Unite member Steven Madigan on Everest with his union T-shirt. It was too cold to wear it. Steven Madigan is an underwriter at the Royal Bank of Scotland mortgage centre in Greenock, Scotland, and a member of the union Unite. He has just come back from …

Walton Pantland Europe, UK, Unite,
Unite member Steven Madigan at Everest with his union T-shirt. It was too cold to wear it.

Unite member Steven Madigan on Everest with his union T-shirt. It was too cold to wear it.

Steven Madigan is an underwriter at the Royal Bank of Scotland mortgage centre in Greenock, Scotland, and a member of the union Unite. He has just come back from the trip of a lifetime – he trekked to Everest base camp and climbed Kala Pather – during the avalanche and the Sherpas’ dispute. He shares his story with union rep Sonya Cassidy.

– By Steven Madigan

The Nepali people are brilliant, and although their culture is vastly different from ours I felt welcome and well looked after all times.

The avalanche was a horrific incident on Everest which led to the closure of the South side of the mountain. Dorje Khatri, leader of the Sherpas union, was reported killed in the avalanche

I have friends who are climbing Sherpas and thank God that they were OK. We reached base camp two days after the avalanche fell and the devastation was obvious and something I wish never to witness again in my life. In the mountains these things can and do happen and we saw or heard avalanches every day when we were up high.

As I am a trekker and not a climber, I cannot comment on the conditions that the Sherpas work in. What I can say is that without the Sherpas there would be no mountain to climb: they fix the ropes and mark the route for the climbers to follow and when you get into trouble it is the Sherpas who will come and rescue you.

With regards to the trekking guides and porters, we had a porter who helped carry our large kit bags all through our trek. In Dingboche you start to feel the cold from the late afternoon on. He was wearing a T-shirt and light hoodie and was obviously freezing, so as a team we bought him a down jacket to keep him warm.

Preparing for the trek was an event in itself. It took two years of training which involved meta fit, body pump, running, hill walking and wearing a rucksack on the gym treadmill with 25kg and setting the treadmill as high and fast as you can go for 45 minutes. Mentally preparing for me was the easy part, I was so focused on what I wanted to achieve nothing got in the way and for me that was the best way. 100% focused with no interruptions financially was also rather easy as my lovely wife Louise funded the trip as a gift for my 40th birthday, so all I had to do was do the training and research the trek.

However you will find that at altitude you cannot tell if your body will cope. Acclimatising is absolutely vital and how you do this is extremely important. Our guide Apar could always be heard shouting “Pistari, Pistari” with in Nepali means “slowly, slowly” and how right he was – but you get that experience when you have done it 43 times before.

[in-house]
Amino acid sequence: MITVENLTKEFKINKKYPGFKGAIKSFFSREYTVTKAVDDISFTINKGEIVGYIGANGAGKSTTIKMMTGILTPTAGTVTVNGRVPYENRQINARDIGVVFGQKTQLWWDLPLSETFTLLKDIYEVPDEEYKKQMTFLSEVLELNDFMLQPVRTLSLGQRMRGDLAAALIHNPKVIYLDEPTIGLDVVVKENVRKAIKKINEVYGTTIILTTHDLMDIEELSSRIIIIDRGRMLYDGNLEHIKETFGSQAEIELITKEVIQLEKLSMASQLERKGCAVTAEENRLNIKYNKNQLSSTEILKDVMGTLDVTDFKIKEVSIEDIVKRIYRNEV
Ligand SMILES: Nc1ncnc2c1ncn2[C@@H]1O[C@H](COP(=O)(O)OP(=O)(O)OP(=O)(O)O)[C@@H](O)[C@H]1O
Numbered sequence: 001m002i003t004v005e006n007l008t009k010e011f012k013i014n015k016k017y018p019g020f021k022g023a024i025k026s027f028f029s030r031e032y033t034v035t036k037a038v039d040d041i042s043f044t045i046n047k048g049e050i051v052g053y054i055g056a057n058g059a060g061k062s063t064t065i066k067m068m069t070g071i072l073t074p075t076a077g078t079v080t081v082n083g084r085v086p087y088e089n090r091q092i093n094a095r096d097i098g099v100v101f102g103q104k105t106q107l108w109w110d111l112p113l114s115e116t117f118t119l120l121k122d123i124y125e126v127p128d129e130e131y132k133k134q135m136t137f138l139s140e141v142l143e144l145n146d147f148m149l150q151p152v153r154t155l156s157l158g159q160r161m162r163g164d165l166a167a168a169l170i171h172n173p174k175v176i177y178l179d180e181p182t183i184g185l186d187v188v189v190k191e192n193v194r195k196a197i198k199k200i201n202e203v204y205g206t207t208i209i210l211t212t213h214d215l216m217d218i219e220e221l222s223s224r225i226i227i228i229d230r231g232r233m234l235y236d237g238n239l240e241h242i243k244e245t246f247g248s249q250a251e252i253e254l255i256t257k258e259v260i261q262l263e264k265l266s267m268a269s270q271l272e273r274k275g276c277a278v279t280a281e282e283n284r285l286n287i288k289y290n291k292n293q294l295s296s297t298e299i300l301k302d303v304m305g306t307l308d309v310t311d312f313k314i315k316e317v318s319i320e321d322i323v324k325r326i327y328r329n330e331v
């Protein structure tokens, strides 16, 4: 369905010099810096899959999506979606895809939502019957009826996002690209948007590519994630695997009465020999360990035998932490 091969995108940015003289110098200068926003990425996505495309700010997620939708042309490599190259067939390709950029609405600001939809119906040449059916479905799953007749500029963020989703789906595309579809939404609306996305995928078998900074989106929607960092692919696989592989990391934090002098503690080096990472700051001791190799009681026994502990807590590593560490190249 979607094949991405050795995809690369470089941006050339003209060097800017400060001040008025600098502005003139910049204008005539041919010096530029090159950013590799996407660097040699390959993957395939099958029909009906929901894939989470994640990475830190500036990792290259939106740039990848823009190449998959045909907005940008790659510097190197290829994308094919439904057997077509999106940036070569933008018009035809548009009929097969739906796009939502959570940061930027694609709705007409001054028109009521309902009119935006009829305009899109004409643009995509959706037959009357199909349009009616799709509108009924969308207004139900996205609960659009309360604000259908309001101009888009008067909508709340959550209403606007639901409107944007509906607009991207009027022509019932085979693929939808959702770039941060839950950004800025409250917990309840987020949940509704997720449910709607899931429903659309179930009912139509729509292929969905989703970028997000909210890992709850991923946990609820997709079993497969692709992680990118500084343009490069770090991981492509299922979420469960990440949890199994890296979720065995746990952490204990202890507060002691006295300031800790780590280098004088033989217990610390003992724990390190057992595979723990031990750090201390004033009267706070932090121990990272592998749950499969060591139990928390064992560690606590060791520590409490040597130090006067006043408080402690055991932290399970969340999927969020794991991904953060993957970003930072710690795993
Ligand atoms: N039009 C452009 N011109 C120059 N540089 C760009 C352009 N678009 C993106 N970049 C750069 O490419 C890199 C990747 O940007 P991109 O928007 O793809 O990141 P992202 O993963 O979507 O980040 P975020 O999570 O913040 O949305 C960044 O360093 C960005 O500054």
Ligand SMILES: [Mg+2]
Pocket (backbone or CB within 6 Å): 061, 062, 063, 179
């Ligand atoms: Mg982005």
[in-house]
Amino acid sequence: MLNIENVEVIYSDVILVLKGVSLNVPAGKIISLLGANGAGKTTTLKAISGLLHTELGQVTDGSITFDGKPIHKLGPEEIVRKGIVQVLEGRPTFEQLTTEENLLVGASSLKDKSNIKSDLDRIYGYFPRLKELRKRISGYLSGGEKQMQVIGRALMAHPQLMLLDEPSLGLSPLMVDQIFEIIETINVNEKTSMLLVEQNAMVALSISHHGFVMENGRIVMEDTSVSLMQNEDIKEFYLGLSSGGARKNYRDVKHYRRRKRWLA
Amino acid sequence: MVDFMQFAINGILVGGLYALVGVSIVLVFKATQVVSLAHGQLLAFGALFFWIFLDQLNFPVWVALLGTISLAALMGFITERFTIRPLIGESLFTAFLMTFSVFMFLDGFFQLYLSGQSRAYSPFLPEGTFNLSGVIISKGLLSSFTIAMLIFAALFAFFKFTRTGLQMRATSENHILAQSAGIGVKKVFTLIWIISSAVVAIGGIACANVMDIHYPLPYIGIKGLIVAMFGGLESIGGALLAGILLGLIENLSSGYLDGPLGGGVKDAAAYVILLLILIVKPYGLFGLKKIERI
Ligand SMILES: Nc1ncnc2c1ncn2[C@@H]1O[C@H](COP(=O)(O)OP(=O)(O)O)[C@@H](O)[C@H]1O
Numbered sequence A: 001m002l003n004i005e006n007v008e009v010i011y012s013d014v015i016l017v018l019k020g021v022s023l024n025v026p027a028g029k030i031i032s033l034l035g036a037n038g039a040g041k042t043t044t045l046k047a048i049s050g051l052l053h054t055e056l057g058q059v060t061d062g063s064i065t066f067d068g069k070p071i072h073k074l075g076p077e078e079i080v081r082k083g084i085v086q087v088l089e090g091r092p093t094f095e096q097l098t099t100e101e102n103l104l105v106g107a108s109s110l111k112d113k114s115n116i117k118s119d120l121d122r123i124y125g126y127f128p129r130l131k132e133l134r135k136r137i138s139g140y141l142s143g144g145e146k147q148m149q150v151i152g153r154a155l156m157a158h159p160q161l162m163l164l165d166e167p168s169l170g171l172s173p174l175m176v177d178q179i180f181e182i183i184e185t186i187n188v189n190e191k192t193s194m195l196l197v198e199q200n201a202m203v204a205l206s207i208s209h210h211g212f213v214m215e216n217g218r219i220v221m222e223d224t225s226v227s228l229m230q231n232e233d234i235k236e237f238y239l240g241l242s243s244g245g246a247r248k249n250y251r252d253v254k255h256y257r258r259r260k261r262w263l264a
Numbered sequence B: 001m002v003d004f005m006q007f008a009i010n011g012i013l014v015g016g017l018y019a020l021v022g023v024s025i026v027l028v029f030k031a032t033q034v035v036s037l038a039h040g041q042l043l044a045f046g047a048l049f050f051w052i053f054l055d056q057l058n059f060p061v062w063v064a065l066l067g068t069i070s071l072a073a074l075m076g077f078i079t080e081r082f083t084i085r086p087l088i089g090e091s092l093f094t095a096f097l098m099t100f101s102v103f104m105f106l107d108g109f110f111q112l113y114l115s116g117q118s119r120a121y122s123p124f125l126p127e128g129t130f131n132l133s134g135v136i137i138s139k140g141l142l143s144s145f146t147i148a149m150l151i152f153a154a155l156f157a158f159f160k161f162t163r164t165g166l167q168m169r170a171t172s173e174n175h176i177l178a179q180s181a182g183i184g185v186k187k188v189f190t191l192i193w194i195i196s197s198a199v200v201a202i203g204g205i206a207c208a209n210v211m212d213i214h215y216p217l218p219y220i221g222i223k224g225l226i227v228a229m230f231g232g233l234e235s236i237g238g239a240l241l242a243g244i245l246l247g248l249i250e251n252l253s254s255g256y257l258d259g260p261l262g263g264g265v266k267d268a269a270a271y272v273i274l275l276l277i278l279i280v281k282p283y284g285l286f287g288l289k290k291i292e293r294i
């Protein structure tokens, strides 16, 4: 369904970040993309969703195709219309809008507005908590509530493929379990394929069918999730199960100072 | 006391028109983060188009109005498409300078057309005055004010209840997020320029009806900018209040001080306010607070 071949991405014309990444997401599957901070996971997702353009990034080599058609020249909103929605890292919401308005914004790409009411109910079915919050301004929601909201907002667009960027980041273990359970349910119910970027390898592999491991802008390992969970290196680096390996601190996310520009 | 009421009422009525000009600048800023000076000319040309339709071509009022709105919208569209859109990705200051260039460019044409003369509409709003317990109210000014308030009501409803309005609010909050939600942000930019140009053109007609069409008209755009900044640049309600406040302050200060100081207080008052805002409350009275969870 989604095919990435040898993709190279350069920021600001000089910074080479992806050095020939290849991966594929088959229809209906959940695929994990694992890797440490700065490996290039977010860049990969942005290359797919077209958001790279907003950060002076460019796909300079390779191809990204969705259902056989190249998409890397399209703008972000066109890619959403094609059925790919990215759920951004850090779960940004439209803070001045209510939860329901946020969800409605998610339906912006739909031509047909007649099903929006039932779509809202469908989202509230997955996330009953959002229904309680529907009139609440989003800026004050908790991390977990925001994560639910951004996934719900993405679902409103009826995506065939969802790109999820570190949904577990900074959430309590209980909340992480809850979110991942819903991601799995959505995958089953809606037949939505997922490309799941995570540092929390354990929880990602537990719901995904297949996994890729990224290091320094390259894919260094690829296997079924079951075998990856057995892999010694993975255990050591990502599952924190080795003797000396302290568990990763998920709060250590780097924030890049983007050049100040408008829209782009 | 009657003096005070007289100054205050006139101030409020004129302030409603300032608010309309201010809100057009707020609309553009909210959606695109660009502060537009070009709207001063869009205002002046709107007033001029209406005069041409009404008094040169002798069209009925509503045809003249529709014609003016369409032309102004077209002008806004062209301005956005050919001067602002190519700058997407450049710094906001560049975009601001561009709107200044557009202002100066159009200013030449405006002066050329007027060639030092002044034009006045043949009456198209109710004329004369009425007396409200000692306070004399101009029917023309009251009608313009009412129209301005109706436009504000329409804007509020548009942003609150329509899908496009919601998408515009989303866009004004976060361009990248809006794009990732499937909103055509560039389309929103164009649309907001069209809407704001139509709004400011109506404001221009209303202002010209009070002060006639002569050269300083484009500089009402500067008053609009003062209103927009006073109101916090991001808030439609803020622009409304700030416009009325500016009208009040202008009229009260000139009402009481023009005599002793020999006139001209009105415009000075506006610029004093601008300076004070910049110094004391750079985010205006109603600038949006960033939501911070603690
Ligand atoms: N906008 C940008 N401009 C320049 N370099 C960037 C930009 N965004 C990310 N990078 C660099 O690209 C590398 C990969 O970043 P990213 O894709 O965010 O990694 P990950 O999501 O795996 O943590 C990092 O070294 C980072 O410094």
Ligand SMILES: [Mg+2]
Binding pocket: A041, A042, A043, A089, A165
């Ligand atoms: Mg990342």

The weather in the mountains for us was pretty much the same each day. Really hot during the day but as we got higher the colder it would get at night. Good sleeping bags are a must and for Kala Pather down jackets and gloves are also a must along with heavy windproof trousers.

Apart from putting in the training hours and dealing with the altitude, the hardest part is staying healthy. Of my whole team I was the one that got away with no illness: some of the team got the most horrendous sickness and diarrhoea when left them bed ridden. Altitude sickness played its part – it is called acute mountain sickness, this can take hold of you in several ways from feeling dizzy, head aches and right up to HAPE or HACE which are life threatening conditions.

One member was warned to turnaround after leaving our lunch stop at Dingboche as her health unfortunately would not let her continue.

On reaching my destination, I felt absolute jubilation and just the best scene of achievement – to have trained so hard and for so long to achieve your goal was the best feeling in the world (apart from getting married and having my children!).

To anyone wanting to take on a personal challenge, I’d say go for it! I learned many things from this experience but the main two were these: never, ever say “never” because you just don’t know what is round the corner. Who would have thought that I would have got to go to and excel In the Everest region? Secondly if you want something badly enough and you are willing to work for it, then chances are you will get it.

Do not ever give up on your dreams!

– RBS  Inverclyde Unite Branch agreed to sponsor Steven and donate a sum of £125 to his selected charity  – Accord Hospice Paisley

 

 


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Walton Pantland

South African trade unionist living in Glasgow. Loves whisky, wine, running and the great outdoors. Walton did an MA in Industrial Relations at Ruskin, Oxford, and is interested in how trade unions use new technology to organise.

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